YoungChazz: At your local track I am assuming 4wd is quite the popular class. Do you think people would be interested in trying out a spec ( stock or 19T, whatever works for your track ) class as a demo for a few weeks to see what the interest would be for newbies, etc? I would love to see something about that on www.4wdrc.com .

AZCrazy1: I think some of the issues with people saying the XXX-4 was brittle was more due to the Team version than the GP version, with the shock towers and arms I believe the main culprits. With the changes, The breakage issues haven't been like they were initially. Its also great that you got good 4wd racers who help the newbies, todays newbies are tomorrows veterans.

When my eldest daughter gets a bit older, I plan to get her an RC vehicle and have her race with me if she is interested. She is 4 now, so I figure a few more years and work with her learning to drive the vehicle. Probably a simple BRP just to get used to how steering works and then when offroad starts up I may just pickup another SB for parts support and put a 540 mabuchi in there.
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Old 02-09-2005, 11:04 PM   #54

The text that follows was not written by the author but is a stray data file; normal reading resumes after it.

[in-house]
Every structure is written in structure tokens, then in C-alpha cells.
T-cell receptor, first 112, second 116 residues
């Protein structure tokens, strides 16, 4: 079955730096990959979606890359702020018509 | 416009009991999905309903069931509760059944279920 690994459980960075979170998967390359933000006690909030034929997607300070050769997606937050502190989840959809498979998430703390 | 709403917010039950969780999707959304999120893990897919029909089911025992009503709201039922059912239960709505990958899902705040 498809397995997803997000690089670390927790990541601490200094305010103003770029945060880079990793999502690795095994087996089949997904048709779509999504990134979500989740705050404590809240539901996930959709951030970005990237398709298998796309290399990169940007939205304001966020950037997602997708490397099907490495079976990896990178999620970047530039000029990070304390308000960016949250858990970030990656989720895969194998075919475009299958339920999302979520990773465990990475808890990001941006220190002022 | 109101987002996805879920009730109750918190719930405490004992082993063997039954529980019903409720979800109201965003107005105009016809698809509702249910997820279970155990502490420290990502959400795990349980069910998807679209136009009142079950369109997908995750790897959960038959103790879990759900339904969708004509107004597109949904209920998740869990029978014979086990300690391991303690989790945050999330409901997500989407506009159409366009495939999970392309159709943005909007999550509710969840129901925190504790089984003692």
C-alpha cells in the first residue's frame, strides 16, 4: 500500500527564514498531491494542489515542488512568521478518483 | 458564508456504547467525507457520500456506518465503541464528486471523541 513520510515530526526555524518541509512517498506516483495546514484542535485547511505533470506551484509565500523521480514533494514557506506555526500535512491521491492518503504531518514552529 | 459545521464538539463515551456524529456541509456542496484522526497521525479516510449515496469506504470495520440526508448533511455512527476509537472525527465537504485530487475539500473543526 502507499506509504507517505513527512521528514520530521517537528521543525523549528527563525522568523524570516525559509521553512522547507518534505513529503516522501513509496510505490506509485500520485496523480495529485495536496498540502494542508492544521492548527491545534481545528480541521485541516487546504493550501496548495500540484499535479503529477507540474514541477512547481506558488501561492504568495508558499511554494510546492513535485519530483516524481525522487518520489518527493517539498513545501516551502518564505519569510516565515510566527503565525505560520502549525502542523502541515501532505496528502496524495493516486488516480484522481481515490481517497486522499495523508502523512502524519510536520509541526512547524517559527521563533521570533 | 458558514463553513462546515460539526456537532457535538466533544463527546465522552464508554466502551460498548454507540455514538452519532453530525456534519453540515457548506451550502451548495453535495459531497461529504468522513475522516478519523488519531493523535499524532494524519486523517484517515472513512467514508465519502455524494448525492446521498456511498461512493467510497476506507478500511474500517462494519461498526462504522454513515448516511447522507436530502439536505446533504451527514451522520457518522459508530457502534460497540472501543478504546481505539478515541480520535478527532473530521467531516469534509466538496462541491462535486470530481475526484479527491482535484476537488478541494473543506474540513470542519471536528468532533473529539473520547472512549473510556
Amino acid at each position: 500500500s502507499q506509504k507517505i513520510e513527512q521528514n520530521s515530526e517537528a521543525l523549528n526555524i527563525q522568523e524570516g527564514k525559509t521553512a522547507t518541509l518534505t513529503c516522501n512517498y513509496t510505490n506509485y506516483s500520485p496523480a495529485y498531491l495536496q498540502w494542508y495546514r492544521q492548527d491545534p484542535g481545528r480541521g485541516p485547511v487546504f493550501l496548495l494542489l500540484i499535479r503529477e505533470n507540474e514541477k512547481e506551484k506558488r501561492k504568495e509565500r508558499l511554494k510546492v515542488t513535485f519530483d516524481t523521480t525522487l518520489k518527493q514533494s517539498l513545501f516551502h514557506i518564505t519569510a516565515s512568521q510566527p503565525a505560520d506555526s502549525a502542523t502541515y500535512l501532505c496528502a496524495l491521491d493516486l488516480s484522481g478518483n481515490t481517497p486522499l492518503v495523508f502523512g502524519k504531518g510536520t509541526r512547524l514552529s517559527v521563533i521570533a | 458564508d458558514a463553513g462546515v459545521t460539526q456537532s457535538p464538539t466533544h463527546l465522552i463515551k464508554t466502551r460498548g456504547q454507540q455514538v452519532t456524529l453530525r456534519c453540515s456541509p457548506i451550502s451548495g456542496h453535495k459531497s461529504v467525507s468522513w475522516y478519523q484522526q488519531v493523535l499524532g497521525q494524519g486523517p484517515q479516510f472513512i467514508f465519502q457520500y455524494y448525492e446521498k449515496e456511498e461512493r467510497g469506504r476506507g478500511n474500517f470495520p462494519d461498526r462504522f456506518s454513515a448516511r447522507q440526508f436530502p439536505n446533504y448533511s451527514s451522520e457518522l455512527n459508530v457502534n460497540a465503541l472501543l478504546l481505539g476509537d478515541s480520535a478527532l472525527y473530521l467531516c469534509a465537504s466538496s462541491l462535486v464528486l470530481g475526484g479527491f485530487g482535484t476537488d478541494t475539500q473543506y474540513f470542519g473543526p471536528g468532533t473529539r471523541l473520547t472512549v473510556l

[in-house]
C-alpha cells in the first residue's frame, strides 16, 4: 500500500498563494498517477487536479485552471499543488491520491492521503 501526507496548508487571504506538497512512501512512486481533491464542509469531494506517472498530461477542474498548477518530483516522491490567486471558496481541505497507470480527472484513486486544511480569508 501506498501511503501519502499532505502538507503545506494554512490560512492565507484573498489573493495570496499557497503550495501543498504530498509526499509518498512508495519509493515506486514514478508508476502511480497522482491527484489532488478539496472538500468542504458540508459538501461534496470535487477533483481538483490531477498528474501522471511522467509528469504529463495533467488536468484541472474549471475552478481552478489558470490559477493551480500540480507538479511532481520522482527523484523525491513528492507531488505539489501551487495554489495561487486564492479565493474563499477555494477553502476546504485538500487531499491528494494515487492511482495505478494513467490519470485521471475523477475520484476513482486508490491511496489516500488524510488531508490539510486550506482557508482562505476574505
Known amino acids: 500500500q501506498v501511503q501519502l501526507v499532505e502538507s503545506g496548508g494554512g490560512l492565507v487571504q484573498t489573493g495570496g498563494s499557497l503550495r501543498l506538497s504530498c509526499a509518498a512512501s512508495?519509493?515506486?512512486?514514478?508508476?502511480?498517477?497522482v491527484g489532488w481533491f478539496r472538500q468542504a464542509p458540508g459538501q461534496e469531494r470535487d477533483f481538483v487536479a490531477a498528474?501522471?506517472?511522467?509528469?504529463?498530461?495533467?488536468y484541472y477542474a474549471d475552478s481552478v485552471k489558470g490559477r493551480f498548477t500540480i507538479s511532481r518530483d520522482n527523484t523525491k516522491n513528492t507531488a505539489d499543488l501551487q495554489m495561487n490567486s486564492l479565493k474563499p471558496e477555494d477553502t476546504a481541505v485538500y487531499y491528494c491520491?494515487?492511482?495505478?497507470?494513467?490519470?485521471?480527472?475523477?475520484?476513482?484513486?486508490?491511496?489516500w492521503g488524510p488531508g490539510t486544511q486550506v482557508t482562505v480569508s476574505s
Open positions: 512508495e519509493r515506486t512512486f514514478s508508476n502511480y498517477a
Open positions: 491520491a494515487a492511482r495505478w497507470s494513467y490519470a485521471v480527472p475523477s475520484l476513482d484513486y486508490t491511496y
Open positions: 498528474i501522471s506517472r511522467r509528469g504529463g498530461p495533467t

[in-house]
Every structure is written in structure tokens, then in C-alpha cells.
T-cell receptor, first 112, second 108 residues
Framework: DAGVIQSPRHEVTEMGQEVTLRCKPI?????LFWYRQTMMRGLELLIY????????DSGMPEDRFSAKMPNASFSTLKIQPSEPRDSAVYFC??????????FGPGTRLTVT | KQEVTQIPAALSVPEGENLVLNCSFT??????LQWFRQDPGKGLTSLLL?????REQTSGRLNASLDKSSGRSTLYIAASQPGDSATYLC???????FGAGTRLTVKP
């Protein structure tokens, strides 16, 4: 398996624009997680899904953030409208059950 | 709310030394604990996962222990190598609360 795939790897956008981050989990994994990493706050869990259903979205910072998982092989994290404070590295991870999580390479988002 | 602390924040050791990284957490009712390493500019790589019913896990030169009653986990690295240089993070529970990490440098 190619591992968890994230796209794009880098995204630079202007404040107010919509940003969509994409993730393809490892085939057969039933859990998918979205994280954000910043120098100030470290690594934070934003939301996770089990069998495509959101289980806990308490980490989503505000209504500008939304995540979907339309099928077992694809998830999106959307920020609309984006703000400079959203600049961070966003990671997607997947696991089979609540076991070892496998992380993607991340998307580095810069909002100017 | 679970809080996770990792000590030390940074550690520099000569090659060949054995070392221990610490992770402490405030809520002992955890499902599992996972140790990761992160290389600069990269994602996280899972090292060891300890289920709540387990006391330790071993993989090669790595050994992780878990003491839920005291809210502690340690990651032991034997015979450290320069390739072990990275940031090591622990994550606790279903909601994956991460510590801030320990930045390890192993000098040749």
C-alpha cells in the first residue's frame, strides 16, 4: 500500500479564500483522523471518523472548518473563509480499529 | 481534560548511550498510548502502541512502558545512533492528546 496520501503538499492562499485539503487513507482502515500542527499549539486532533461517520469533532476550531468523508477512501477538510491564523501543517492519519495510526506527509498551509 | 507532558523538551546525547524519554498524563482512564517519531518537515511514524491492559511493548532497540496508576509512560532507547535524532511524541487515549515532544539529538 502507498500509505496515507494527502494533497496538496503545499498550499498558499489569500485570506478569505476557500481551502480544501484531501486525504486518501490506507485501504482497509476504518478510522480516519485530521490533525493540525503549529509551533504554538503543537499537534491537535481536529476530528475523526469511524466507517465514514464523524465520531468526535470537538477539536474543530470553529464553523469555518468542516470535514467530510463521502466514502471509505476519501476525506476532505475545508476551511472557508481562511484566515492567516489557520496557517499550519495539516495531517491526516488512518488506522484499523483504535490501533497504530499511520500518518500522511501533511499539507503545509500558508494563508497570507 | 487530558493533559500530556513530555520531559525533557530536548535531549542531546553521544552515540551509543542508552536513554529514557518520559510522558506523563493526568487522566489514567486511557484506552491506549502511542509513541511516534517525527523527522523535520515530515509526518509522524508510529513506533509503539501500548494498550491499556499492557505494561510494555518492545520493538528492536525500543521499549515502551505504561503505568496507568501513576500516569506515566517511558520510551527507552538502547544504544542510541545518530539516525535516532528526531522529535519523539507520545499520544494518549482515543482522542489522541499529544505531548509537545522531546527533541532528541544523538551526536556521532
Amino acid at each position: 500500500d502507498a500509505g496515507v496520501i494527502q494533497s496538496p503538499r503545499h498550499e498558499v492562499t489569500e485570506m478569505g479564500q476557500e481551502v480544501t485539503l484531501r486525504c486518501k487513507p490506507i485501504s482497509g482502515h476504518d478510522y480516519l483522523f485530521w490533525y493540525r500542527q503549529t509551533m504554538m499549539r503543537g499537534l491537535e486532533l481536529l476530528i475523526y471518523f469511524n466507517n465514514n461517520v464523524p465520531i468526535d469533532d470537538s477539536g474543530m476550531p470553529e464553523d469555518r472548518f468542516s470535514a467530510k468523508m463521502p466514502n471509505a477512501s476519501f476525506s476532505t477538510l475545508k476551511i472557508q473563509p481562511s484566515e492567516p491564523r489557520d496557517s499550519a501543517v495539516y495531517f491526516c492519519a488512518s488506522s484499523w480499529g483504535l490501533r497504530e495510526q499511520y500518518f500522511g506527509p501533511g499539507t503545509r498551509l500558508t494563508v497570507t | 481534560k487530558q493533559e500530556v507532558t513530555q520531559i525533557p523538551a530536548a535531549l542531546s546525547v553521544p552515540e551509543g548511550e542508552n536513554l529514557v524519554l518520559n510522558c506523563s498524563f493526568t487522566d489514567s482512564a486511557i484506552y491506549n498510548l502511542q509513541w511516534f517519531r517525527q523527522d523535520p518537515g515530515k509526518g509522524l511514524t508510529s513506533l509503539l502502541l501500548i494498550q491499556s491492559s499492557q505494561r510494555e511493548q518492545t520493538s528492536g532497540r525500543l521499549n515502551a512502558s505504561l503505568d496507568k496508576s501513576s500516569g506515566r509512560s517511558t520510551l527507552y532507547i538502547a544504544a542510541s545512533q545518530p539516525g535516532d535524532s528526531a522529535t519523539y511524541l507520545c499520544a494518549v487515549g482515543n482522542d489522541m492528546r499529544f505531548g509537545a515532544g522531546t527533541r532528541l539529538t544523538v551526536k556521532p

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Quote:
Originally posted by AzCrazy1
Where I race at we have 7 - 10 4 wheelers on a week night and about 15 on a saturday...
Crazy1.... where abouts do you race? does your track have a web site?

I'd love to race my 4wd...period. I spend most of my practice time during a race night just driving my xxx-4 or BJ4 just so I can get some wheel time. After practice is over it gets cleaned at put away until the next week when I'm the only one at the track with a 4wd.

I recently had a bit of a revelation with 4wd... After struggling with the first edition of the xxx-4 for weeks, and then selling it, I recently bought a NIB xxx-4G+ to compare against my BJ4. Now let me say, the Bj4 ROCKS out of the box. Very good kit, and it drives wonderfully with almost no setup chages, so I wasn't expecting much from the G+. I was right...